The Franklin Automobile
The Franklin Automobile company made cars in the Syracuse, New York from 1902 to the early 1930’s. The automaker was started by Herbert H. Franklin of the H. H. Franklin manufacturing company.
The Franklin auto was primarily marketed as a luxury car and was seen in print ads starting around 1907. Here are some of the best examples we found starting with this text ad that appeared in the Arizona Republican on October 27, 1902.
BOOM IN AUTOMOBILE MAKING IN SYRACUSE – Five Concerns Will Be Manufacturing Them by Next Season. If present plans are realized, five concerns will be manufacturing automobiles in Syracuse next season. Three are actually
making machines at present. They are the Century Motor Vehicle Co., the H. H. Franklin Manufacturing Co. and the Stearns Steam Carriage Co..
The new factory of the H. H. Franklin company is well under way, and the company expects to occupy it by January 1. Meantime the automobiles are being manufactured at their Geddes street factory. The feature of the Franklin automobile is an air-cooled motor and an engine of 12 horse power. Several of the most prominent automobilist of the country have bought these machines, among them Elliott Shepard of New York and Max Fleischmann of Cincinnati.
As seen in the above advertisement, the Franklin Automobile ads remained basic until this one appeared in the New York Sun in 1907.
The Franklin models for 1908 included the 16 h.p. Runabout, the 16 h.p. Touring Car, the 28 h.p. available as a Runabout or Touring model and the 42 h.p. also available as a Runabout or Touring model.
CLEAN SCORE FOR FRANKLIN GOES THROUGH CONTEST IN GOOD STYLE – (Los Angeles herald., February, 1910)
Occupants of Air Cooled Car Sit Still and Watch Fellow Travelers at Work on Heated Radiators – Coming out of its first contest of the new year with a clean score, the Franklin motor car has started Its record for the calendar year of 1910 by finishing un-penalized In tho two-day midwinter endurance run held by the Rochester Automobile club. The run was one of two days, the twenty contestants going to Syracuse on the first day. and back to Rochester on the second. Tho Franklin entry was a six-cylinder touring car of 42-horsepower.
A Franklin was the only one of the score of contestants which had an air cooled engine. It was the only one which did not carry a shovel and being of light weight, was the only one which did not have to be extricated by its occupants from the snow drifts. While some of the heavy water-cooled cars were being shoveled out, every now and then a shovelful of snow being tossed onto the radiator to prevent overheating, the occupants of the Franklin car sat and looked on at their leisure, a rule having been made that no car should leave its place in line and pass another. When the snow was thrown upon the radiators of the water cooled cars it hissed and quickly melted. The Franklin engine, cooled by air, was found to be cool when it reached Syracuse after the ten-hour struggle over ninety miles of roadway.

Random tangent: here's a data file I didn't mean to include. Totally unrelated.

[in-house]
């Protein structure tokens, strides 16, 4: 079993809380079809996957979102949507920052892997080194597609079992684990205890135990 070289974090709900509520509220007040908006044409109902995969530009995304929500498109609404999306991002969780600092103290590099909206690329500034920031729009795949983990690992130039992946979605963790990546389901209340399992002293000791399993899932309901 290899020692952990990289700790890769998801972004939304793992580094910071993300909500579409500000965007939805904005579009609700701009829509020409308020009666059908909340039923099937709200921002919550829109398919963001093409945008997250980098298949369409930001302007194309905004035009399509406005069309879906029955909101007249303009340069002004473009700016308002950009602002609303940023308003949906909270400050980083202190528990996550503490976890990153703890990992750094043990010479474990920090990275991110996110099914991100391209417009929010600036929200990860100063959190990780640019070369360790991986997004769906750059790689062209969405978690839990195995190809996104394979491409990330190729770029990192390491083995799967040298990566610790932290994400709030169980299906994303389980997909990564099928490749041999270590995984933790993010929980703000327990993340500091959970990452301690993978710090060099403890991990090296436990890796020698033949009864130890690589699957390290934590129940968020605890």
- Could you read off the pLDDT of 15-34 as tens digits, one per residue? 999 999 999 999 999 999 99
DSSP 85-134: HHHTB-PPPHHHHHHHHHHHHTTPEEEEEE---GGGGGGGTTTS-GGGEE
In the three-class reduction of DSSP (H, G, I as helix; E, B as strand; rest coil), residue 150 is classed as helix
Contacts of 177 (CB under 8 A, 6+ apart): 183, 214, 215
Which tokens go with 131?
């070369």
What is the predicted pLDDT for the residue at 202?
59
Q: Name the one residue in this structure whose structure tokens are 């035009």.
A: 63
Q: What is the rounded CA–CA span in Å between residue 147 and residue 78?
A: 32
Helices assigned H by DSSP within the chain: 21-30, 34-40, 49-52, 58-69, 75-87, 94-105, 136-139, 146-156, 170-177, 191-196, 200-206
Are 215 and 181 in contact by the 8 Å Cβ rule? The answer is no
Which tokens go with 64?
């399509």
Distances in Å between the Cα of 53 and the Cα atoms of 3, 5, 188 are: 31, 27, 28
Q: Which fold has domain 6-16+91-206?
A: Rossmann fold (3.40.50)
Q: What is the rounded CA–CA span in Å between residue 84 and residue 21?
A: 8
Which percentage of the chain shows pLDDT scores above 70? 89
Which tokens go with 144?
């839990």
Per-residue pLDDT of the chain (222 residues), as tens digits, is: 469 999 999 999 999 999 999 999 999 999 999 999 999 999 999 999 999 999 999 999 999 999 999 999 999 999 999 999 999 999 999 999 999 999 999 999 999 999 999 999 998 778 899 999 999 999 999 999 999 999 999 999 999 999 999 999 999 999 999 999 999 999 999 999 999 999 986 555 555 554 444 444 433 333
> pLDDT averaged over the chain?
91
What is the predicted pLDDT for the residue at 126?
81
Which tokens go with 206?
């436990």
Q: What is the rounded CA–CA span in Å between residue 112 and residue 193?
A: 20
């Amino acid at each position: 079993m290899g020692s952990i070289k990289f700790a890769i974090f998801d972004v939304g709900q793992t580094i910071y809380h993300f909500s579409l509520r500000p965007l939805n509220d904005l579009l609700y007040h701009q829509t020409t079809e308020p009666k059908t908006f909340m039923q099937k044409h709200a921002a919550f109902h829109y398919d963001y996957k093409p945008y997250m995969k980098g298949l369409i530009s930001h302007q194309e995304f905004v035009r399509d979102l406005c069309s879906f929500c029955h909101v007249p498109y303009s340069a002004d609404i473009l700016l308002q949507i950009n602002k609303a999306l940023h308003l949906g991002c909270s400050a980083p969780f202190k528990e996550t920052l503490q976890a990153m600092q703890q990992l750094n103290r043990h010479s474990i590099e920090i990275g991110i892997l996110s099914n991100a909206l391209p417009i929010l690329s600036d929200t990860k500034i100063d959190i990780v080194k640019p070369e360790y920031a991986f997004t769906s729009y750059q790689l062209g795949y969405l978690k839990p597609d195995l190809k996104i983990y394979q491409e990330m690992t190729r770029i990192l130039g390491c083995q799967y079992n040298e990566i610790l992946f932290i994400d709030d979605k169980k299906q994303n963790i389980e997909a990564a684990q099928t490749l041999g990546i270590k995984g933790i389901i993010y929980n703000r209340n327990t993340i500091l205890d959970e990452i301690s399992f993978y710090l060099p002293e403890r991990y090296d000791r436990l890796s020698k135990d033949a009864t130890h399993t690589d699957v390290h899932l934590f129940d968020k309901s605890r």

John Burns of Syracuse, who last year drove a Franklin to three clean scores, drove the Franklin In the Rochester contest, the car being entered by F. H. Sanders of the Rochester branch of the Franklin Automobile company. Burns,- Sanders and two guests equipped themselves with warm robes and blankets and left It to those In the other cars to carry extra tin shovels and even large pieces of canvas to spread down when the going was especially bad.
Travel was difficult enough even in the better stretches of roadway. Severe weather and a heavy snowfall had made the road icy and covered it with drifts. Several of the cars were penalized for stalling of the engine or the making of repairs.
The route to Syracuse was through Lyons and Clyde, with a stop for dinner at the latter place. The party was entertained in the evening by members of the Syracuse Automobile club. The return was through Auburn and Geneva. The roads on the second day were found to be in such a state that often the drivers took to the fields and the difficulties In getting through the snow and over the ruts were even greater for some of the motor cars than those of the first day.
The New Franklin Air-Cooled Engine Will Not Over-Heat – (The San Francisco call., March, 1910) The Franklin new cooling system, the most notable success of the year in automobile construction, is a remarkable achievement. The cooling system is the engine itself. There is no auxiliary mechanism. This makes the Franklin the only automobile with an engine the operation of which does not depend upon something besides the engine.